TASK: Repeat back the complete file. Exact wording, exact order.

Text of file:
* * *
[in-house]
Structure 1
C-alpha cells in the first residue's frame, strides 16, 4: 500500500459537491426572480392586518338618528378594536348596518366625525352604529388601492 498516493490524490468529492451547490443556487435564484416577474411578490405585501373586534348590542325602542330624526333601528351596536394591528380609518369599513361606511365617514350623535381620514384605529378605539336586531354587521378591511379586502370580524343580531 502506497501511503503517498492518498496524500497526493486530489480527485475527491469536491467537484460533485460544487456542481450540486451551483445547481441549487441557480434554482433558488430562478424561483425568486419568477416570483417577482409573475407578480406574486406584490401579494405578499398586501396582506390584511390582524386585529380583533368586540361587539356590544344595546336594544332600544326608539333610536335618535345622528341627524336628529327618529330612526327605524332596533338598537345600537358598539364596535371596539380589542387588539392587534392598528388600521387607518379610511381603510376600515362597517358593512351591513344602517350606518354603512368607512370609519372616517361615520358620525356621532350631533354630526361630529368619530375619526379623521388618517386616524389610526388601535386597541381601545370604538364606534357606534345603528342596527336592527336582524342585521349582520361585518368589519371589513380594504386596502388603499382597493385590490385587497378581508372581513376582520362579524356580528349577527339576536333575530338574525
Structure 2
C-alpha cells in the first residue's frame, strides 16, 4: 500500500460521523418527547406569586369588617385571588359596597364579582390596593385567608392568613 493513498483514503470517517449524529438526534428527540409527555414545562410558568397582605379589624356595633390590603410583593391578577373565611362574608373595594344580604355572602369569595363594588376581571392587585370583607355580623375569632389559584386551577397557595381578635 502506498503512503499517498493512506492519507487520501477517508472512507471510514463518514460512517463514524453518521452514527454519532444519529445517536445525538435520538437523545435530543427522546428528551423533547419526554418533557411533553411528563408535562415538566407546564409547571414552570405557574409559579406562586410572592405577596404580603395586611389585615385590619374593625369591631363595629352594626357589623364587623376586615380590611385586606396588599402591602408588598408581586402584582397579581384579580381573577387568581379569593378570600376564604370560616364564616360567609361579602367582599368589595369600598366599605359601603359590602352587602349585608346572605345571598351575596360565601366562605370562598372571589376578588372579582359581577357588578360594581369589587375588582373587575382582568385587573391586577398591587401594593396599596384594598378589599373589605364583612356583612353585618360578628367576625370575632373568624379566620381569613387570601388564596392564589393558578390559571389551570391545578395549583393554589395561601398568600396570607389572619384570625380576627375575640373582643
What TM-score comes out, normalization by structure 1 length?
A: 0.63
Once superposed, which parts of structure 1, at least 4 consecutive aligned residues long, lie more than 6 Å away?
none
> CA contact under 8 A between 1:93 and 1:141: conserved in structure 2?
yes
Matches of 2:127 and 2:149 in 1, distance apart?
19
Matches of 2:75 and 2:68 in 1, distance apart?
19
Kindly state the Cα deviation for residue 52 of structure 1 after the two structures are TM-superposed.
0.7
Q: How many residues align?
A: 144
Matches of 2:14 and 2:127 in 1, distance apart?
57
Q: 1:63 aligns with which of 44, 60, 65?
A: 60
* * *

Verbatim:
[in-house]
Structure 1
C-alpha cells in the first residue's frame, strides 16, 4: 500500500459537491426572480392586518338618528378594536348596518366625525352604529388601492 498516493490524490468529492451547490443556487435564484416577474411578490405585501373586534348590542325602542330624526333601528351596536394591528380609518369599513361606511365617514350623535381620514384605529378605539336586531354587521378591511379586502370580524343580531 502506497501511503503517498492518498496524500497526493486530489480527485475527491469536491467537484460533485460544487456542481450540486451551483445547481441549487441557480434554482433558488430562478424561483425568486419568477416570483417577482409573475407578480406574486406584490401579494405578499398586501396582506390584511390582524386585529380583533368586540361587539356590544344595546336594544332600544326608539333610536335618535345622528341627524336628529327618529330612526327605524332596533338598537345600537358598539364596535371596539380589542387588539392587534392598528388600521387607518379610511381603510376600515362597517358593512351591513344602517350606518354603512368607512370609519372616517361615520358620525356621532350631533354630526361630529368619530375619526379623521388618517386616524389610526388601535386597541381601545370604538364606534357606534345603528342596527336592527336582524342585521349582520361585518368589519371589513380594504386596502388603499382597493385590490385587497378581508372581513376582520362579524356580528349577527339576536333575530338574525
Structure 2
C-alpha cells in the first residue's frame, strides 16, 4: 500500500460521523418527547406569586369588617385571588359596597364579582390596593385567608392568613 493513498483514503470517517449524529438526534428527540409527555414545562410558568397582605379589624356595633390590603410583593391578577373565611362574608373595594344580604355572602369569595363594588376581571392587585370583607355580623375569632389559584386551577397557595381578635 502506498503512503499517498493512506492519507487520501477517508472512507471510514463518514460512517463514524453518521452514527454519532444519529445517536445525538435520538437523545435530543427522546428528551423533547419526554418533557411533553411528563408535562415538566407546564409547571414552570405557574409559579406562586410572592405577596404580603395586611389585615385590619374593625369591631363595629352594626357589623364587623376586615380590611385586606396588599402591602408588598408581586402584582397579581384579580381573577387568581379569593378570600376564604370560616364564616360567609361579602367582599368589595369600598366599605359601603359590602352587602349585608346572605345571598351575596360565601366562605370562598372571589376578588372579582359581577357588578360594581369589587375588582373587575382582568385587573391586577398591587401594593396599596384594598378589599373589605364583612356583612353585618360578628367576625370575632373568624379566620381569613387570601388564596392564589393558578390559571389551570391545578395549583393554589395561601398568600396570607389572619384570625380576627375575640373582643
What TM-score comes out, normalization by structure 1 length?
A: 0.63
Once superposed, which parts of structure 1, at least 4 consecutive aligned residues long, lie more than 6 Å away?
none
> CA contact under 8 A between 1:93 and 1:141: conserved in structure 2?
yes
Matches of 2:127 and 2:149 in 1, distance apart?
19
Matches of 2:75 and 2:68 in 1, distance apart?
19
Kindly state the Cα deviation for residue 52 of structure 1 after the two structures are TM-superposed.
0.7
Q: How many residues align?
A: 144
Matches of 2:14 and 2:127 in 1, distance apart?
57
Q: 1:63 aligns with which of 44, 60, 65?
A: 60